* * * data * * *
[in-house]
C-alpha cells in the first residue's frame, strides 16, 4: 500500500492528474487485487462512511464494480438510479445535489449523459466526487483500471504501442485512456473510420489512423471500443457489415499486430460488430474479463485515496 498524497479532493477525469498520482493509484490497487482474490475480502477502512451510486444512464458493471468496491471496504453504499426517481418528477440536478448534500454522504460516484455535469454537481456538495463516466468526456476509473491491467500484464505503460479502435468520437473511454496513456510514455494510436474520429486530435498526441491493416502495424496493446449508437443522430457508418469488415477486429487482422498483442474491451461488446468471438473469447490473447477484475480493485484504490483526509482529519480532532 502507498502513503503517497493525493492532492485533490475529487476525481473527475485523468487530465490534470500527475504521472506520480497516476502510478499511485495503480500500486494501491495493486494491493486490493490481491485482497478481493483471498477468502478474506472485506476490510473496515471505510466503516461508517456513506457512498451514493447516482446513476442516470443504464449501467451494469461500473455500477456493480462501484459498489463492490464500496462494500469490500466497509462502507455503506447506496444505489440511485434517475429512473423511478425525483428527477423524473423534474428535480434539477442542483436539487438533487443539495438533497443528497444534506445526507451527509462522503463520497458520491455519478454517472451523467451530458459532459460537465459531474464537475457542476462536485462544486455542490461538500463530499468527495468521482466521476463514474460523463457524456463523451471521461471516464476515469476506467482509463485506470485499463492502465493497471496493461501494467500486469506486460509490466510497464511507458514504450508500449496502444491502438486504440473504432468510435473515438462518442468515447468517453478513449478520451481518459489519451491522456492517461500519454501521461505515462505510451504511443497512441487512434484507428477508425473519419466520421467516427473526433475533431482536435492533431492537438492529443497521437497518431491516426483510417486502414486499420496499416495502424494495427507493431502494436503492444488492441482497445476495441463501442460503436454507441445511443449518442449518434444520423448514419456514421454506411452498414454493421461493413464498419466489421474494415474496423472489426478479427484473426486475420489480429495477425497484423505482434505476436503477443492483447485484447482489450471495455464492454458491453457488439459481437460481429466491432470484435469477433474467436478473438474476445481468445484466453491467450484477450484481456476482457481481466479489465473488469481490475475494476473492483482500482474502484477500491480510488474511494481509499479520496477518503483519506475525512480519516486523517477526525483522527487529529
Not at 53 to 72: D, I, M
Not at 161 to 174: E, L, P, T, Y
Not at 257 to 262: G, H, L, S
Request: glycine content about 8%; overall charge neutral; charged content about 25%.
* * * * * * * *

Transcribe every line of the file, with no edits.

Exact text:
[in-house]
C-alpha cells in the first residue's frame, strides 16, 4: 500500500492528474487485487462512511464494480438510479445535489449523459466526487483500471504501442485512456473510420489512423471500443457489415499486430460488430474479463485515496 498524497479532493477525469498520482493509484490497487482474490475480502477502512451510486444512464458493471468496491471496504453504499426517481418528477440536478448534500454522504460516484455535469454537481456538495463516466468526456476509473491491467500484464505503460479502435468520437473511454496513456510514455494510436474520429486530435498526441491493416502495424496493446449508437443522430457508418469488415477486429487482422498483442474491451461488446468471438473469447490473447477484475480493485484504490483526509482529519480532532 502507498502513503503517497493525493492532492485533490475529487476525481473527475485523468487530465490534470500527475504521472506520480497516476502510478499511485495503480500500486494501491495493486494491493486490493490481491485482497478481493483471498477468502478474506472485506476490510473496515471505510466503516461508517456513506457512498451514493447516482446513476442516470443504464449501467451494469461500473455500477456493480462501484459498489463492490464500496462494500469490500466497509462502507455503506447506496444505489440511485434517475429512473423511478425525483428527477423524473423534474428535480434539477442542483436539487438533487443539495438533497443528497444534506445526507451527509462522503463520497458520491455519478454517472451523467451530458459532459460537465459531474464537475457542476462536485462544486455542490461538500463530499468527495468521482466521476463514474460523463457524456463523451471521461471516464476515469476506467482509463485506470485499463492502465493497471496493461501494467500486469506486460509490466510497464511507458514504450508500449496502444491502438486504440473504432468510435473515438462518442468515447468517453478513449478520451481518459489519451491522456492517461500519454501521461505515462505510451504511443497512441487512434484507428477508425473519419466520421467516427473526433475533431482536435492533431492537438492529443497521437497518431491516426483510417486502414486499420496499416495502424494495427507493431502494436503492444488492441482497445476495441463501442460503436454507441445511443449518442449518434444520423448514419456514421454506411452498414454493421461493413464498419466489421474494415474496423472489426478479427484473426486475420489480429495477425497484423505482434505476436503477443492483447485484447482489450471495455464492454458491453457488439459481437460481429466491432470484435469477433474467436478473438474476445481468445484466453491467450484477450484481456476482457481481466479489465473488469481490475475494476473492483482500482474502484477500491480510488474511494481509499479520496477518503483519506475525512480519516486523517477526525483522527487529529
Not at 53 to 72: D, I, M
Not at 161 to 174: E, L, P, T, Y
Not at 257 to 262: G, H, L, S
Request: glycine content about 8%; overall charge neutral; charged content about 25%.